Leverage can be a great help or a curse in investing. Whether you’re an average investor with a moderate risk tolerance level or an aggressive investor with a high-risk tolerance lever, there may be a place for leverage in your financial plan. In forex, traders are afforded more opportunities to use leverage – but also more risk associated with that leverage. Whether you’re an investor saving for retirement or a forex trader, managing leverage is important.
At its most basic level, leverage provides traders the chance to increase their returns. The potential increase in returns also comes with that the losses can be just as great. Amazingly, forex traders can leverage their accounts for up to 400:1. Needless to say, this has the potential to create both opportunities and problems. While this level of risk is available, it’s like a credit card without a credit limit – in many cases, traders are best advised to place caps on their leverage.
For many traders, they have 2:1 leverage. In financial terms, this can amount to trading a standard lot of $100,000 with $50,000 in an account. Another example is trading one mini lot of $10,000 with $5,000 in an account or one micro lot of $1,000 with $500 on hand. Leverage is entirely dependent on the level of margin permitted per trade. Expressed differently, the margin is nothing more than a commitment that the trader makes to protect the broker from possible losses.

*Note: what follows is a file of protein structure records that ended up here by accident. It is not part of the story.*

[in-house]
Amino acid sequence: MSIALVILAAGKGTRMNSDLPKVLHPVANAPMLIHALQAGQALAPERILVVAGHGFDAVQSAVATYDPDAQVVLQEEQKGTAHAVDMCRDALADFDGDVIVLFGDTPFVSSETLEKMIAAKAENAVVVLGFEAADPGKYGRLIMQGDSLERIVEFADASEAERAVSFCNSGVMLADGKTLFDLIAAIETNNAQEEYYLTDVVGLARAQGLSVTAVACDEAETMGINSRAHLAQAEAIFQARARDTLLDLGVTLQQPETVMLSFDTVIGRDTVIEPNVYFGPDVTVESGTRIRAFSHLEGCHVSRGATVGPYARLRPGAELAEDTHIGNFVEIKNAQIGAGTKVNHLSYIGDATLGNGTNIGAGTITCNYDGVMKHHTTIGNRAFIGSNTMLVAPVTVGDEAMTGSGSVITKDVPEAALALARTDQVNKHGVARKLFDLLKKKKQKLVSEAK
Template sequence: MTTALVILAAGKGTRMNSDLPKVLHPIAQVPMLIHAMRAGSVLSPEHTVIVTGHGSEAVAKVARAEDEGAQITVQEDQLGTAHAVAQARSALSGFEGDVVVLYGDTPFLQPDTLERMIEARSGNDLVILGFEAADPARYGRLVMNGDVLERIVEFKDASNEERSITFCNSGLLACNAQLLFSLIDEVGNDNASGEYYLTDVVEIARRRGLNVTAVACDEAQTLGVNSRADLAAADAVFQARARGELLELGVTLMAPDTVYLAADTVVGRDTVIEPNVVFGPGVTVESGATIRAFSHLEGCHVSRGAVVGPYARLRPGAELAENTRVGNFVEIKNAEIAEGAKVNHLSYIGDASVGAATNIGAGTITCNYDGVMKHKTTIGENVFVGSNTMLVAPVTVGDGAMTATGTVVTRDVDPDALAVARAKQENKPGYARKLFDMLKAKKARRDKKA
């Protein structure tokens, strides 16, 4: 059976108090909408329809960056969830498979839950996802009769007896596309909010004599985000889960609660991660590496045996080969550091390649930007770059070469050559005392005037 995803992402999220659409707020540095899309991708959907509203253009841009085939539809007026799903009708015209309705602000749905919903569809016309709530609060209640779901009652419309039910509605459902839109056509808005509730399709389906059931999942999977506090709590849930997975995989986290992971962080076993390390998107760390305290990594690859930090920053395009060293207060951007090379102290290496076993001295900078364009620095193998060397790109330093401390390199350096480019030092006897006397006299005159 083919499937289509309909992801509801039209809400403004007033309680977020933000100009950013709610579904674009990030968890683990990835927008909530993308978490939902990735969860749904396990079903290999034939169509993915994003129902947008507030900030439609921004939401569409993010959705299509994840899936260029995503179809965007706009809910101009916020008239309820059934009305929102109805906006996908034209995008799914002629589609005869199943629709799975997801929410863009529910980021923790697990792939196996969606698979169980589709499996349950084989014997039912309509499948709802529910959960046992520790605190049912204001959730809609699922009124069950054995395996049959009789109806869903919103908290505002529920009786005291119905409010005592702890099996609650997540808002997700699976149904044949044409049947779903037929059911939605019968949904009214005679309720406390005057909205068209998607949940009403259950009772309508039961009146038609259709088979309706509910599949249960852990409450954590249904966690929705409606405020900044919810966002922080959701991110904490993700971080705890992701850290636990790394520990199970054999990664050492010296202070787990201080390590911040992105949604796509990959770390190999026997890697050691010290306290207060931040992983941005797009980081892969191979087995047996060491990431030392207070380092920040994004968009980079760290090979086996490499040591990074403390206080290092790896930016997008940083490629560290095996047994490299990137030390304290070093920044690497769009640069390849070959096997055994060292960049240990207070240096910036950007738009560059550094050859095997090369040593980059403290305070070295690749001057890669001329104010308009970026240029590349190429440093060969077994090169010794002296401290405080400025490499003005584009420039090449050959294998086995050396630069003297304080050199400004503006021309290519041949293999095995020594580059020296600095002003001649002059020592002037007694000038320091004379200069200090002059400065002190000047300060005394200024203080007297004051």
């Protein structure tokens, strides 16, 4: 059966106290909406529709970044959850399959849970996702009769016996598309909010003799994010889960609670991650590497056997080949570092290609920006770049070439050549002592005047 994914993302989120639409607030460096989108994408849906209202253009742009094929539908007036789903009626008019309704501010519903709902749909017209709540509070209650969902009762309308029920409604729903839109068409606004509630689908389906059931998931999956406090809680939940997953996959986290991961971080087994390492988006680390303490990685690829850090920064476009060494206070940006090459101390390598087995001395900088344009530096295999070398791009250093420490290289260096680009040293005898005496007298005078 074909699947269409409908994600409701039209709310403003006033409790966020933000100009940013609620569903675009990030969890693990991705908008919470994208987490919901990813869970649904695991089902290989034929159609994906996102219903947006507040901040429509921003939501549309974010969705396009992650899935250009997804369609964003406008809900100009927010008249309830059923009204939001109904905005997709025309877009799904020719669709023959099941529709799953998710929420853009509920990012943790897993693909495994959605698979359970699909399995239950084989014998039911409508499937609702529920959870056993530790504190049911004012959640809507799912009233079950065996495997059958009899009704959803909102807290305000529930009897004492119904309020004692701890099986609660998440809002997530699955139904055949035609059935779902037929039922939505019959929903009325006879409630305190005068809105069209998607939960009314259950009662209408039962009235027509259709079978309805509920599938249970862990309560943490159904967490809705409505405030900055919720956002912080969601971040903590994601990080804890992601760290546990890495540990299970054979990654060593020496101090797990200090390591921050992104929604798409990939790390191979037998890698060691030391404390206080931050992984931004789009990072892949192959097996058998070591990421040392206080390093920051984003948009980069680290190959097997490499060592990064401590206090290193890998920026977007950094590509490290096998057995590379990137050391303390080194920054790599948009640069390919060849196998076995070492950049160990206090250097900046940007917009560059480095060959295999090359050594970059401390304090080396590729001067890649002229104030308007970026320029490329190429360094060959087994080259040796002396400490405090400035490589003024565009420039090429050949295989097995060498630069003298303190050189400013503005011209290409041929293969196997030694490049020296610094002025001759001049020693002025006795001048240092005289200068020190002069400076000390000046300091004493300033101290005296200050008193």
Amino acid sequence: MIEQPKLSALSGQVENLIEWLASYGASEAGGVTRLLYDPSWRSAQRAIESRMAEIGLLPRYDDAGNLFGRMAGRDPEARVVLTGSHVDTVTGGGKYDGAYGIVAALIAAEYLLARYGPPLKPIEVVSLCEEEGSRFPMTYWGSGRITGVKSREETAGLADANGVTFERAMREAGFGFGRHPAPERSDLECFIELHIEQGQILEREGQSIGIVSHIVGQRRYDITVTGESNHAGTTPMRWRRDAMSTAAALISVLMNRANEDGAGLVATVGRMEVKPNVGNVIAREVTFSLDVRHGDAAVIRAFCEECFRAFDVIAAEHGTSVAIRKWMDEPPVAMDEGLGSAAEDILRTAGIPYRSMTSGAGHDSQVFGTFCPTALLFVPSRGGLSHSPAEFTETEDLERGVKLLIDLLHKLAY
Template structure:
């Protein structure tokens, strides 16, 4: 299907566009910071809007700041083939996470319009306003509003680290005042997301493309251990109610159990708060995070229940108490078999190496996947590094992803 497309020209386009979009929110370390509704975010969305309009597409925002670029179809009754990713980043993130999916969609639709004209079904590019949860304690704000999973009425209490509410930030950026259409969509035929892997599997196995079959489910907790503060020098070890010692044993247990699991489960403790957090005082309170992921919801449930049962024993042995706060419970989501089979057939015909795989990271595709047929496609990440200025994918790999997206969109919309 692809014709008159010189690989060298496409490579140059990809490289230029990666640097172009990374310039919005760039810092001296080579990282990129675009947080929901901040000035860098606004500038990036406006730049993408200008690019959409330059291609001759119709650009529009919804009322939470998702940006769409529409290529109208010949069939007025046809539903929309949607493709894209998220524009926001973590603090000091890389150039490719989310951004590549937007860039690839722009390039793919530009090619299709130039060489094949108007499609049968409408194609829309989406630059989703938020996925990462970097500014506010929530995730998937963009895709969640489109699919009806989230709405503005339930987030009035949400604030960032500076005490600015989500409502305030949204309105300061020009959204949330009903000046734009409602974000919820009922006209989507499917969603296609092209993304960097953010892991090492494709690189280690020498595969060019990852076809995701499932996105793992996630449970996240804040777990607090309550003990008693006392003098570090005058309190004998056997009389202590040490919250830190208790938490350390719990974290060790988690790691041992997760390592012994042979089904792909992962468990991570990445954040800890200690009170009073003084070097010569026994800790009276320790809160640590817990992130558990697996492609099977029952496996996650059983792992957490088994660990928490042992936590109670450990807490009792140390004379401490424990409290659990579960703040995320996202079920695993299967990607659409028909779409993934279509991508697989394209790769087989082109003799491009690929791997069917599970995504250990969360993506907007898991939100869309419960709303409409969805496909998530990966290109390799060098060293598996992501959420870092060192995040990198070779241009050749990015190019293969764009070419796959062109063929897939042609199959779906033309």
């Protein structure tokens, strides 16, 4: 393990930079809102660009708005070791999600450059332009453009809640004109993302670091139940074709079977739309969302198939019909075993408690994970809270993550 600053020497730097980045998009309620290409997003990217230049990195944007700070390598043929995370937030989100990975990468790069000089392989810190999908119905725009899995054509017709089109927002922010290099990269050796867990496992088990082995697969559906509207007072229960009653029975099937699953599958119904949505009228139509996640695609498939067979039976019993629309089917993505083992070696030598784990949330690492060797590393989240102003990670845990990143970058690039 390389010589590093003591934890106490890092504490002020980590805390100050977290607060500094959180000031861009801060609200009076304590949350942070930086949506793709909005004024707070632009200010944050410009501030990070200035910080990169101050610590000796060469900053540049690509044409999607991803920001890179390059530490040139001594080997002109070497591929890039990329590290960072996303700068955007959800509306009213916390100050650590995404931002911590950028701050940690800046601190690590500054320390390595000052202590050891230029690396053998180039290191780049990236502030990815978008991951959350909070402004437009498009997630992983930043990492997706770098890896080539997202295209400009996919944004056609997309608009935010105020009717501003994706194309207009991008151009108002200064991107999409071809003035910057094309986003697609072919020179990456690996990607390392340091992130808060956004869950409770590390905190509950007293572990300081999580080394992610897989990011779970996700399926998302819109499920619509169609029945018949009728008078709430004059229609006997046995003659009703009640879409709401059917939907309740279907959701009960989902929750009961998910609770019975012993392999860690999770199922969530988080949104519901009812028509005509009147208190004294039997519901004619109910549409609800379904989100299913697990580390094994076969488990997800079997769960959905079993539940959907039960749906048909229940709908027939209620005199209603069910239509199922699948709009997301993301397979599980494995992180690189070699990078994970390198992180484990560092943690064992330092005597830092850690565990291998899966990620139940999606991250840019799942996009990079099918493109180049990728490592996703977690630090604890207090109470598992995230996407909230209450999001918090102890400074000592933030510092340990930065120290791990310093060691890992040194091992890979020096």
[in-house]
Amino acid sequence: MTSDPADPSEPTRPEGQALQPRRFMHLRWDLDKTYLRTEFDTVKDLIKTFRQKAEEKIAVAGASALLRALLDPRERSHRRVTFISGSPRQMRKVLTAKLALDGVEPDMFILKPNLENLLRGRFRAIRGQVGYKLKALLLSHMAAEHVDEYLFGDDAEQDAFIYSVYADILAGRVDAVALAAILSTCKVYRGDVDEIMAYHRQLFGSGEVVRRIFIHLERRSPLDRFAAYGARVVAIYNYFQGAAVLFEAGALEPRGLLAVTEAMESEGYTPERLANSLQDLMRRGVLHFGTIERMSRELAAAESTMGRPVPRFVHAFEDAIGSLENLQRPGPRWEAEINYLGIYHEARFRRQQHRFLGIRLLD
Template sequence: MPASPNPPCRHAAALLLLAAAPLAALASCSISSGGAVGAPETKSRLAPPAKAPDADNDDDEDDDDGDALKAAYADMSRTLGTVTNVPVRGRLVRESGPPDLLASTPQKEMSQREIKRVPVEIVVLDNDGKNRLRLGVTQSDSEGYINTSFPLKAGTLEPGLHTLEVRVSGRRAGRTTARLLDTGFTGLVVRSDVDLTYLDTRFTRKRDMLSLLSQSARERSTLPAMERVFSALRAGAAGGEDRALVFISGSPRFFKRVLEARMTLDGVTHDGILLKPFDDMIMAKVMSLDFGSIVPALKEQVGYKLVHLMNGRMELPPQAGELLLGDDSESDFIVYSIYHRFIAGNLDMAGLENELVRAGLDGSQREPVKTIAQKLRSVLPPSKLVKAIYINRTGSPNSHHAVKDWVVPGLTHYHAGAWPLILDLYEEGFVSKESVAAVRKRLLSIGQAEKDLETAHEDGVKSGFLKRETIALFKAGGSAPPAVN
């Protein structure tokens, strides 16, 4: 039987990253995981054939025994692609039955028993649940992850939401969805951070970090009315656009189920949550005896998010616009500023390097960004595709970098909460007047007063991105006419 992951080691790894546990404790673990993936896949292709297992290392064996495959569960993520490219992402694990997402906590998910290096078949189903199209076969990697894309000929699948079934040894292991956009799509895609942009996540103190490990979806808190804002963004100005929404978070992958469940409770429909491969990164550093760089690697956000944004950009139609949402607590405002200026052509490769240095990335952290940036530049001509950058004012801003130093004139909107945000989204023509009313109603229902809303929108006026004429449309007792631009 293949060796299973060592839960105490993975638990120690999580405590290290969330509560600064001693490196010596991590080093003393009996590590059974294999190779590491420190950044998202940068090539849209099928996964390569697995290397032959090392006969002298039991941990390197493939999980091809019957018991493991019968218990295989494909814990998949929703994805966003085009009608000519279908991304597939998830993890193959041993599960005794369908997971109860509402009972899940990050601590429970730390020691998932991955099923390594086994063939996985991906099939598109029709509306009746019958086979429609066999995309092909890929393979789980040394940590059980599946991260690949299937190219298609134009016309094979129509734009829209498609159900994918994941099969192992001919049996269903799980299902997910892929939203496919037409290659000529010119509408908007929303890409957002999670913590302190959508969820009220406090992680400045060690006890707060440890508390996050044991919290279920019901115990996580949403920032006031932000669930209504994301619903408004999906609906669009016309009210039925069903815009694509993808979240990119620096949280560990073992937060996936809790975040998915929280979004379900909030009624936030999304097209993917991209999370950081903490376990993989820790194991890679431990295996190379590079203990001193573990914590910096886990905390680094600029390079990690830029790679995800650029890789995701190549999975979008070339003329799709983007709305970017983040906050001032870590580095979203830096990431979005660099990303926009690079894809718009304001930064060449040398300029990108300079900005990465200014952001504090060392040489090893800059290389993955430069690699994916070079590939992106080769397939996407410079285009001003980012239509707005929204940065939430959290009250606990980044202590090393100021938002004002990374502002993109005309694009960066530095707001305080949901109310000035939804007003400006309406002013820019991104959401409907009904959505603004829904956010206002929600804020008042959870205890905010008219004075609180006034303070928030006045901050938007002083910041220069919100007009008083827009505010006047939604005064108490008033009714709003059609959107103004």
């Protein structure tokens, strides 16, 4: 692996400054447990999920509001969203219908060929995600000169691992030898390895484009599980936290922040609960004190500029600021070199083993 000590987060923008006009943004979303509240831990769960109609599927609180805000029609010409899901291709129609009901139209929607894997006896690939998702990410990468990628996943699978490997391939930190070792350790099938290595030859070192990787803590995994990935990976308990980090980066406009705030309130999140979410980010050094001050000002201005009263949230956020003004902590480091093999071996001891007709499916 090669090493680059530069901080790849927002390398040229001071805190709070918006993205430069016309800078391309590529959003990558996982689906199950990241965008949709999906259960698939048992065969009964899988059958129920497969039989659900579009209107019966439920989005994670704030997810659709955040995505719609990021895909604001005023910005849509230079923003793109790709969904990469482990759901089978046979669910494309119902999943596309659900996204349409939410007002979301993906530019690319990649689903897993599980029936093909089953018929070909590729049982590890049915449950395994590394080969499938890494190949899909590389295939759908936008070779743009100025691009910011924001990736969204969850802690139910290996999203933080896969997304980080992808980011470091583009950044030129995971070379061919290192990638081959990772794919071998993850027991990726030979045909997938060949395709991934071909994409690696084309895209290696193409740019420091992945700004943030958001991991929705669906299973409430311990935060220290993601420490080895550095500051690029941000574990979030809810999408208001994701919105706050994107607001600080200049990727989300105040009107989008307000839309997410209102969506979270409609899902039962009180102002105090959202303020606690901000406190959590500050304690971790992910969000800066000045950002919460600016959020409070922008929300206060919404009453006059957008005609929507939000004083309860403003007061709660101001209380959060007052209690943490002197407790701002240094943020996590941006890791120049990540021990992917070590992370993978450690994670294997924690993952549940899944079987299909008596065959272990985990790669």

In Forex, differing levels of margin are used. Some of the most common ratios are 20:1, 33:1, 50:1, 100:1 and 200:1.
Forex traders often fail because there is undercapitalization for the trades they’re making. Whether greed or some other factor drives forex traders to take such levels of risk, it’s a potential problem that traders need to address. Here’s a case study: with a leverage ratio of 100:1, a two percent drop in price can produce a 200 percent loss. In scenarios where a small loss can result in trading out early, problems become worse because the account balance is depleted, which enhances the leverage ratio.
It is clear that leverage can extrapolate losses; leverage can also heighten costs per transaction. In this scenario, a trader with $500 is leveraged at 100:1 and bought $50,000 worth of a currency pair with a five-pip spread. Additionally, the transaction fee amounts to $25 [(1/pip x 5 pip spread) x 5 lots]. Prior to the beginning of the trade, the trader needs to make at least $25 to cover the transaction fee, which is five percent of the account value. The more leverage, the more transaction fees the trader pays as a percentage of account value. If that weren’t enough, costs rise as accounts drop.
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In terms of volatility, forex markets will generally be less volatile in the long-run than equity markets. That said, if a trader is so leveraged that absorbing losses and their ramifications are impossible, it’s time to consider whether leverage makes sense. If this weren’t enough to consider, forex markets are heavily influenced by economic and political factors.
In forex trading, just as in almost any other undertaking in business, to avoid catastrophes, an inexperienced trader will seek mentors in forex trading. Under these circumstances, the mentor will help the trader make good decisions about planning and dissuade the trader from becoming a massive risk-taking gambler.
Sure, a grasp of economics and market analysis is vital to being a successful trader, the biggest factor between success and failure is how the trader manages his/her account.